Ignore the medical profession and ignore statistics because, like most public health statements, the health benefits of walking require qualification. ‘Get off your lazy butts.’ the medics shout from their NHS ivory towers, forgetting that going for a daily walk might be fine and dandy, if you find walking a stroll in the park that is (which it often is actually) but it’s not so much of a lark if you’re riddled with chronic inflammatory disease (rheumatoid arthritis etc) or are disabled and maybe in a wheelchair. You’d love to take all this NHS advice to get out there and EXERCISE, if only you weren’t in so much chronic pain, finding it difficult to put one foot in front of the other.
Unfortunately most medical advice, aimed at keeping us healthy, applies to the people who are already healthy , and most of those lucky few can pretty much defy all medical advice and live as long as old Methuselah, whilst drinking way too many of their allotted alcohol units and smoking their way through a daily pack of 25…….interesting digression here; a woman from Croyden began smoking at school when she was 7 years old in 1914 and kicked the habit at the age of 102, because she ‘didn’t fancy it anymore’. A scary fact: approximately 16-24,000 Americans die of lung cancer every year, who have never smoked or been within a mile of a cigarette (unless you count the second-hand kind.)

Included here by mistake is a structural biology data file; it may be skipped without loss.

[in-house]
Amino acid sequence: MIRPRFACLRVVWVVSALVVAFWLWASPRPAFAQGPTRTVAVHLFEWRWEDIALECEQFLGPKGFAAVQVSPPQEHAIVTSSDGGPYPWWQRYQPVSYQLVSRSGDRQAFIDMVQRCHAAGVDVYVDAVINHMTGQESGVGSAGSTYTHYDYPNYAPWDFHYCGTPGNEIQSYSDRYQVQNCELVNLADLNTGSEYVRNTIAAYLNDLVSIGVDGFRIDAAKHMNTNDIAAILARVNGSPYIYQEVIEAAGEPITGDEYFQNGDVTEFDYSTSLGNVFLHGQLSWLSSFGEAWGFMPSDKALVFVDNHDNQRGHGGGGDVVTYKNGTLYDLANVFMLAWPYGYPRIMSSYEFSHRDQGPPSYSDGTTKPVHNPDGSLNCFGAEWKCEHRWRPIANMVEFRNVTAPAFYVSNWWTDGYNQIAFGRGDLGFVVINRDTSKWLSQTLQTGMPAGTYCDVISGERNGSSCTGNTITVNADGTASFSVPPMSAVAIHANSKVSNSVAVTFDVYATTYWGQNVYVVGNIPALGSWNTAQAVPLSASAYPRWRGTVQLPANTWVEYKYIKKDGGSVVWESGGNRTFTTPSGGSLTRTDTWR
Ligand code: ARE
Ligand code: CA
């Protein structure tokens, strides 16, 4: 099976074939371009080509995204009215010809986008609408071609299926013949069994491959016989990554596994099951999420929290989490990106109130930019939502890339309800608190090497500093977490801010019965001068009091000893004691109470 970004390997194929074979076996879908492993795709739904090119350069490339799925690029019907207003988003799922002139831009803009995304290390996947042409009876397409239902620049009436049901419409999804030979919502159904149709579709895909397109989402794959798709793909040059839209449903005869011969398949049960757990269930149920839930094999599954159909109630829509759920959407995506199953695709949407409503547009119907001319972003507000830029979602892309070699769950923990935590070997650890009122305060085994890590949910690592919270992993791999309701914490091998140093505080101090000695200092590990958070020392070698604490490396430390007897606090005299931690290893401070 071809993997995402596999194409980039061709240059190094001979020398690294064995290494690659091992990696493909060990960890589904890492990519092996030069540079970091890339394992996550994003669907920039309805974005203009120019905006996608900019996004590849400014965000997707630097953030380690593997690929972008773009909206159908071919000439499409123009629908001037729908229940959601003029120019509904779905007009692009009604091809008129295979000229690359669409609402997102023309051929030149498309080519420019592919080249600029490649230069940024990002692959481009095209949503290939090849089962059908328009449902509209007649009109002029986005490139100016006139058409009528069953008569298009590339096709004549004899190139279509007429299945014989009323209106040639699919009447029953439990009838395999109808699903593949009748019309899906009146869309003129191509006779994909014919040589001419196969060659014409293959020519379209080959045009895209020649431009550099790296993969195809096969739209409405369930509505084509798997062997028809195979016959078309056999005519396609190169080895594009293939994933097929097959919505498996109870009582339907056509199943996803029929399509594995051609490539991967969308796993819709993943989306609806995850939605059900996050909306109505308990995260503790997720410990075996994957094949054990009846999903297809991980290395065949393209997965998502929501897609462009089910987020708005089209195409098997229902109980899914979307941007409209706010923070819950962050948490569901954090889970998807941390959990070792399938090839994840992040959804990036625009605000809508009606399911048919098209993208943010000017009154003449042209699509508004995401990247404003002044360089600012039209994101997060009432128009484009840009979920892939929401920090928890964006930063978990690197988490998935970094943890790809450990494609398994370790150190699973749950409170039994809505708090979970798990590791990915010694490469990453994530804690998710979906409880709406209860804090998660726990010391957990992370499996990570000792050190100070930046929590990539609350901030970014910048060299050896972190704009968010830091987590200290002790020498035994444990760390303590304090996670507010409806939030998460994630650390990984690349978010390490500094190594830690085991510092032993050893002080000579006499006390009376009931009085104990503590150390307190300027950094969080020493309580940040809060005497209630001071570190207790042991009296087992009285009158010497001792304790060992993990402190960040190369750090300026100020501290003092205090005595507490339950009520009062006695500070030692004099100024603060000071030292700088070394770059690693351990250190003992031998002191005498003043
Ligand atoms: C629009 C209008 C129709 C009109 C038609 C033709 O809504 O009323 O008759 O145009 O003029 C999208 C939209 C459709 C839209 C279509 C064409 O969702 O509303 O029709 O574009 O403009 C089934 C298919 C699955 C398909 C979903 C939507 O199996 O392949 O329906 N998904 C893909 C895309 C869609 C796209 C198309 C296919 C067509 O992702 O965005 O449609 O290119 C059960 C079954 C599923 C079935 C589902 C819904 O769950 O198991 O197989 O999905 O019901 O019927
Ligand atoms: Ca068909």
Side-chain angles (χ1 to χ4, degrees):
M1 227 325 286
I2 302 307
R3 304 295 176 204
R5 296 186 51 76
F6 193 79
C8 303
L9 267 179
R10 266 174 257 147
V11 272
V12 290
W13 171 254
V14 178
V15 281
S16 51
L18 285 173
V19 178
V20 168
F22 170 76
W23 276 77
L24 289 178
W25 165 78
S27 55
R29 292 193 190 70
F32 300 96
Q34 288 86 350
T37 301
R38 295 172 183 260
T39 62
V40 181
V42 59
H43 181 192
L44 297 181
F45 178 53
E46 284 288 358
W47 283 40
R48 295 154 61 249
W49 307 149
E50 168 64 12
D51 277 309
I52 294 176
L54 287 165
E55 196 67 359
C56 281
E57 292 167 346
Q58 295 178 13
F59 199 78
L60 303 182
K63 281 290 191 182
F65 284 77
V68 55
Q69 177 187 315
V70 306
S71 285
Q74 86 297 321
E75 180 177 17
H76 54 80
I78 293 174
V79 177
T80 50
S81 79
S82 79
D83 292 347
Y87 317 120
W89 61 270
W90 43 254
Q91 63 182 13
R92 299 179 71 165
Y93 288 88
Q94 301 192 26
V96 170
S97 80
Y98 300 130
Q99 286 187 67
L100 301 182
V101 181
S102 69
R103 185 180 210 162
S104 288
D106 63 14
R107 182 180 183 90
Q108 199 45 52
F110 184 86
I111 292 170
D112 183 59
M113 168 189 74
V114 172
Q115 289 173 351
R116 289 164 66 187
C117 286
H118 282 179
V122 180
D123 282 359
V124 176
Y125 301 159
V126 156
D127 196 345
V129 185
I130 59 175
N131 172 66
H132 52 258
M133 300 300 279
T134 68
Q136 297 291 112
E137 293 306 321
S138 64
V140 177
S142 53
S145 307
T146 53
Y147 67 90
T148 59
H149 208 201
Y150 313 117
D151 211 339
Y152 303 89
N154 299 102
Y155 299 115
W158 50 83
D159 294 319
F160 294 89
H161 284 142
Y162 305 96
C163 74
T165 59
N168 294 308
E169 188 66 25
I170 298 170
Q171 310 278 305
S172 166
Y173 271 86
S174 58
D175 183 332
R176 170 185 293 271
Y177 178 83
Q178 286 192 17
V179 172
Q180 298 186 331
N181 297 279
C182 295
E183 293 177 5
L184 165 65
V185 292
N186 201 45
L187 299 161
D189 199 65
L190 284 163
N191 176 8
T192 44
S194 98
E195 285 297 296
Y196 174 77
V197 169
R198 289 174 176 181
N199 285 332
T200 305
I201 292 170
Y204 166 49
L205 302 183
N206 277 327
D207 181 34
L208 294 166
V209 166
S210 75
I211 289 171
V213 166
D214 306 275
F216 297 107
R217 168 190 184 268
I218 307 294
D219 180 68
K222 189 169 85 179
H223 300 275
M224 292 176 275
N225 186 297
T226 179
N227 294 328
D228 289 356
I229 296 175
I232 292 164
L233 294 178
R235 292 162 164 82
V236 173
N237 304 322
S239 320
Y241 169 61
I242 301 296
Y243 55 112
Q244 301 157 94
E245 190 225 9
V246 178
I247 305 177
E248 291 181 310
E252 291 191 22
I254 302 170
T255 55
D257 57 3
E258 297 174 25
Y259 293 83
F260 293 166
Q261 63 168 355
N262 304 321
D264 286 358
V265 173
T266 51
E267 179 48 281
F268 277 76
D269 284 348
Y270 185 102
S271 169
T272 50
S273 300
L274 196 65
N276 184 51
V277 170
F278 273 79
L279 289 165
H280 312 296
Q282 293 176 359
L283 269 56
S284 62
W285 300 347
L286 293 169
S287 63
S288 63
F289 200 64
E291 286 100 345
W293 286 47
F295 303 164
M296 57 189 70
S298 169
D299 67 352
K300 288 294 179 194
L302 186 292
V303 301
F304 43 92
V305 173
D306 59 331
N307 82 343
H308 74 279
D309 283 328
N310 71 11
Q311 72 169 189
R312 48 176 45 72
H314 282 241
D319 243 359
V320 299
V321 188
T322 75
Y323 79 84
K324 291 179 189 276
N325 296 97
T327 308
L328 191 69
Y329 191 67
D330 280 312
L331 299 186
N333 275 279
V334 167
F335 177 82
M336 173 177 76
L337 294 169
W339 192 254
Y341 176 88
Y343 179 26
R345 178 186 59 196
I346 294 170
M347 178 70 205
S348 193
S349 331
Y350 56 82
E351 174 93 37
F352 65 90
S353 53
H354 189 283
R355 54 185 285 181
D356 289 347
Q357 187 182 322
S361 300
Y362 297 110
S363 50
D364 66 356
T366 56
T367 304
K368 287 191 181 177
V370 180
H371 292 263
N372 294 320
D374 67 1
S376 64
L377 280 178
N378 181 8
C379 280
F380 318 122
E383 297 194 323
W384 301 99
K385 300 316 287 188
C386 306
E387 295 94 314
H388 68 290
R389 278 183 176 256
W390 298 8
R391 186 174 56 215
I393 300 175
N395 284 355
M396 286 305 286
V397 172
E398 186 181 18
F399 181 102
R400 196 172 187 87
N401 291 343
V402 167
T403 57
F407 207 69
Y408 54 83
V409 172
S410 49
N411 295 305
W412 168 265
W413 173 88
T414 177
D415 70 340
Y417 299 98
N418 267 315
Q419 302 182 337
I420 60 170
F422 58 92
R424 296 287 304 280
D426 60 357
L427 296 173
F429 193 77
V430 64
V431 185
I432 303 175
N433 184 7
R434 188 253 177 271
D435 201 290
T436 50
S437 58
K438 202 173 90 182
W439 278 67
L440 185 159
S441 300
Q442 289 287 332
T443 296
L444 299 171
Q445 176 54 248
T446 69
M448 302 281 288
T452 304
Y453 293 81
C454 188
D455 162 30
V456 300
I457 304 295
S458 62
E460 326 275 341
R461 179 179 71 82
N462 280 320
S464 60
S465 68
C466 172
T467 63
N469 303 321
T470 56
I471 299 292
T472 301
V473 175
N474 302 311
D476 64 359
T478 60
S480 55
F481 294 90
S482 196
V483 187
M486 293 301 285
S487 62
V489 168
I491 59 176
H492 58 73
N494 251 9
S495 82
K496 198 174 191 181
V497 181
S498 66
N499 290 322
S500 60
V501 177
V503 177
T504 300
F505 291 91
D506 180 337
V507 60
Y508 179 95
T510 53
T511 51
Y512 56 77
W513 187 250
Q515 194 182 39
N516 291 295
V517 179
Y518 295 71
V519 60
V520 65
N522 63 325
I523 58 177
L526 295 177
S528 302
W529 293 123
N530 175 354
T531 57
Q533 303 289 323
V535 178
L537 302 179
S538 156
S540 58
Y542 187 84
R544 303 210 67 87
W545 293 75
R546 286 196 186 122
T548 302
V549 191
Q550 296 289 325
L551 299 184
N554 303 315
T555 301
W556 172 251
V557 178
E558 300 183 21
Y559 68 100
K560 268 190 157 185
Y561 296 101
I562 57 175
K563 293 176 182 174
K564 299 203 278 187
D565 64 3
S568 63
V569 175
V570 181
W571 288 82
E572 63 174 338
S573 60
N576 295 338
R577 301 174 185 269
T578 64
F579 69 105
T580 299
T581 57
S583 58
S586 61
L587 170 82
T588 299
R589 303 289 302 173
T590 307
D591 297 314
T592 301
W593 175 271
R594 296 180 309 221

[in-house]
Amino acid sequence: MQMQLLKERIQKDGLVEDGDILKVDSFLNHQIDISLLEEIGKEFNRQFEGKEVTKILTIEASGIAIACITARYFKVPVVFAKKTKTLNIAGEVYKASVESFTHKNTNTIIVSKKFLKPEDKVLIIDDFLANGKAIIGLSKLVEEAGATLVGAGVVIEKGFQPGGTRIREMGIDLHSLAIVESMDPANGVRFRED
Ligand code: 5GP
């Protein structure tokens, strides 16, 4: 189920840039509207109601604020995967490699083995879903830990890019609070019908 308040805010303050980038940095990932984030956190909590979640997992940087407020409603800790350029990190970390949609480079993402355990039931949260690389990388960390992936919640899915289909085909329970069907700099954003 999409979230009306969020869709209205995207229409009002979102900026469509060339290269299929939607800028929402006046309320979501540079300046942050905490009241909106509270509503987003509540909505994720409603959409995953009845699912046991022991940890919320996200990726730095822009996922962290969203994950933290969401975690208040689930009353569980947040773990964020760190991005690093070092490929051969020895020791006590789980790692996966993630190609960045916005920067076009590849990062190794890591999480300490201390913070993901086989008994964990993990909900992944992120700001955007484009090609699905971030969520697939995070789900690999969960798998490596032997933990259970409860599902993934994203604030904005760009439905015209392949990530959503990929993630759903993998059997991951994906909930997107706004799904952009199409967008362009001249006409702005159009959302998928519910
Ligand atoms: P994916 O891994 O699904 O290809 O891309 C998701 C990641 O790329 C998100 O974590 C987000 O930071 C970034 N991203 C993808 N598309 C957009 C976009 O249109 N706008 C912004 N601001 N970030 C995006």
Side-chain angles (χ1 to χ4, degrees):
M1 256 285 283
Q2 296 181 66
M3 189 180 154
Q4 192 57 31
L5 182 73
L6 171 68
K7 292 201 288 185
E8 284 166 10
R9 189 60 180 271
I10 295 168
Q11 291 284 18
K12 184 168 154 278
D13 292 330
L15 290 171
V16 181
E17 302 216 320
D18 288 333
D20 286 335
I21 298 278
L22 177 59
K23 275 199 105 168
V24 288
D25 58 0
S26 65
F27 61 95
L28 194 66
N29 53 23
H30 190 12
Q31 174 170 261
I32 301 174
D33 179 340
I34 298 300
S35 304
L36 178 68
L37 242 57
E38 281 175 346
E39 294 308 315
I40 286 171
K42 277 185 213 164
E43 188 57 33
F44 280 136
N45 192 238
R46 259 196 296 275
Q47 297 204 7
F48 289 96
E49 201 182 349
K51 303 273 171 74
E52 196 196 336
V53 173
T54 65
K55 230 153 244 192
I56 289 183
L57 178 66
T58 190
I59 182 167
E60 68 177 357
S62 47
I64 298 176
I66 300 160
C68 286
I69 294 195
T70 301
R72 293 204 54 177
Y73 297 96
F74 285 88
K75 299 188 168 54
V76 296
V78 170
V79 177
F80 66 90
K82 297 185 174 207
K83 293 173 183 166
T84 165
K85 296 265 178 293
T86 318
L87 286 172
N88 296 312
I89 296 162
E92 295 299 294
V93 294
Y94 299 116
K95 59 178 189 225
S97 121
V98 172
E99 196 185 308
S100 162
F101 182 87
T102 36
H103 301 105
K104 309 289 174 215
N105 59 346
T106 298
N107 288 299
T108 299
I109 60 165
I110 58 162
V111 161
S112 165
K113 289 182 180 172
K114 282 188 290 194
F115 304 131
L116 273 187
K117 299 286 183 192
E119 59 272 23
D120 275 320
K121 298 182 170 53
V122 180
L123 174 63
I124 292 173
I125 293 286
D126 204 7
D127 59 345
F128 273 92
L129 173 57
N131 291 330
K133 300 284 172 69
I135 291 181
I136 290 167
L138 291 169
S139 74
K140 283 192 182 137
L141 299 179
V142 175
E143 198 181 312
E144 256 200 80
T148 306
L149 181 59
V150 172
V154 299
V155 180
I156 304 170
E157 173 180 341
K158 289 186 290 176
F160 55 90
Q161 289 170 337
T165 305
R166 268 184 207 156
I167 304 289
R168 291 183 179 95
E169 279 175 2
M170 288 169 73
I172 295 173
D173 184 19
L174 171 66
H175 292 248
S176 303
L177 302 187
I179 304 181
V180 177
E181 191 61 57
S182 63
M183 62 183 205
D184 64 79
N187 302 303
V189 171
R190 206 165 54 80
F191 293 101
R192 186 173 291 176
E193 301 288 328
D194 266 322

So I don’t walk for health reasons, although it does keep me within the overweight range on those BMI charts, or else I’d be hurtling into beached whale territory and, as I’m currently trying to shift an extra stone I don’t need (for appearance purposes, being as I carry most of it on my face, so that my eyes, nose and mouth gradually disappear) – every little helps.
Even though I know that healthy eating, moderate drinking and exercise isn’t going to protect me from any of the nasty killers out there, being that those nasty killers are all a combination of luck, genetics, environment and probably only a tiny bit to do with an NHS-type healthy lifestyle – I still go in for the healthier lifestyle thing because I’m an anxious, cautious, control freak who’s a stranger to the phrase ‘letting your hair down’ which, for me, means allowing myself to drink one glass of wine, maybe every two weeks, and then spending the rest of the evening worrying if I’ve entered my own personal, alcoholic-based Armageddon.
But this is about my daily walk and I’ve become side-tracked, which I never do when walking, being the kind of person who’s worked out three 30 minute walks in the local area and never deviates from said routes.